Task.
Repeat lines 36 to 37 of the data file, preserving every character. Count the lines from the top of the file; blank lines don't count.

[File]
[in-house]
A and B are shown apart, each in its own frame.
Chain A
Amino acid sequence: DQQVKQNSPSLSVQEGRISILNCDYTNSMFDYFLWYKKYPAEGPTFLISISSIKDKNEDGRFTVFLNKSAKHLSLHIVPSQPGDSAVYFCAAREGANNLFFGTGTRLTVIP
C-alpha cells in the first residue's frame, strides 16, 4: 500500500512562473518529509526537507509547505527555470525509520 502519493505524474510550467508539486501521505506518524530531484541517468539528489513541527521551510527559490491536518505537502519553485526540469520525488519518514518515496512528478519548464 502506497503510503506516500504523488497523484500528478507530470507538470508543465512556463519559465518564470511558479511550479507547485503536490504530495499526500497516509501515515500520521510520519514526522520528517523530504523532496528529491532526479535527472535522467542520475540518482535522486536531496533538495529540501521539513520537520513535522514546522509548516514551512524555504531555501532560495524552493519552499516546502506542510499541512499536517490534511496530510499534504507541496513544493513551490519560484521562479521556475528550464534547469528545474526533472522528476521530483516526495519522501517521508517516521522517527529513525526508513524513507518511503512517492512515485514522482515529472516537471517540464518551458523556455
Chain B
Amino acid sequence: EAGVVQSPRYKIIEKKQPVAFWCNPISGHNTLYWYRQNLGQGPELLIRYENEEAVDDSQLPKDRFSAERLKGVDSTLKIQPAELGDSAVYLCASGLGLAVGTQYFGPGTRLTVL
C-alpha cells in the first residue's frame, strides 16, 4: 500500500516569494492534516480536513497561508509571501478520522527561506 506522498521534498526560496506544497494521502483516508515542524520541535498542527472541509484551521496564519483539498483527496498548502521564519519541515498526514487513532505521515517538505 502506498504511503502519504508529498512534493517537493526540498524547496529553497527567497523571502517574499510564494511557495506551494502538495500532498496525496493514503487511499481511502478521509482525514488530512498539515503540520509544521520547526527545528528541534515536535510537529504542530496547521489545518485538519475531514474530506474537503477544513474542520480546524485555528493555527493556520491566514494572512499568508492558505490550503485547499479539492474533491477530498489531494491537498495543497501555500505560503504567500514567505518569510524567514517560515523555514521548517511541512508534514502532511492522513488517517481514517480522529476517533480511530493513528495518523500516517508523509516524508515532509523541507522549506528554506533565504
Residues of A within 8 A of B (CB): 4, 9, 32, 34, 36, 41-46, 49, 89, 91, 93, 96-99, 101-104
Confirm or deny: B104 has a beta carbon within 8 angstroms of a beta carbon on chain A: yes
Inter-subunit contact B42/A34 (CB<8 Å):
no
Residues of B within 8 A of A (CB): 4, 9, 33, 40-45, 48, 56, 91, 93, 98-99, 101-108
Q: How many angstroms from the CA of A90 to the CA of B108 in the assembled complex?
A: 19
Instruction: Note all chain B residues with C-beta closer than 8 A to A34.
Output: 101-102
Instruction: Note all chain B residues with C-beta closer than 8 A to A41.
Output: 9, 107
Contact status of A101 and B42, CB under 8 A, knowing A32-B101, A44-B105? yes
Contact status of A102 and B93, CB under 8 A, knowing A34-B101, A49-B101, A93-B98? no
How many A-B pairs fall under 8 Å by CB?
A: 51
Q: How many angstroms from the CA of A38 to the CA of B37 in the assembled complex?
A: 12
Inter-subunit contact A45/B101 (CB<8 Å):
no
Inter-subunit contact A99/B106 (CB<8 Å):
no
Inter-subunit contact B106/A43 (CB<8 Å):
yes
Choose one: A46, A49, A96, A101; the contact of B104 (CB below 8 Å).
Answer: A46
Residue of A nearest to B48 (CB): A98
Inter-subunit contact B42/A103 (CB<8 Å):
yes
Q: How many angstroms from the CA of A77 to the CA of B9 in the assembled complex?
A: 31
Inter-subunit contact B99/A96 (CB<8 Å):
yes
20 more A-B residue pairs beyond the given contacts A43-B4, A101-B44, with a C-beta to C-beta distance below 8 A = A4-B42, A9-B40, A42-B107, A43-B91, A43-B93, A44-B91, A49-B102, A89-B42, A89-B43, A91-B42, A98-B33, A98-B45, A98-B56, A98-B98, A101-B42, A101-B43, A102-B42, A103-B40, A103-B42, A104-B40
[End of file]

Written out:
yes
Q: How many angstroms from the CA of A77 to the CA of B9 in the assembled complex?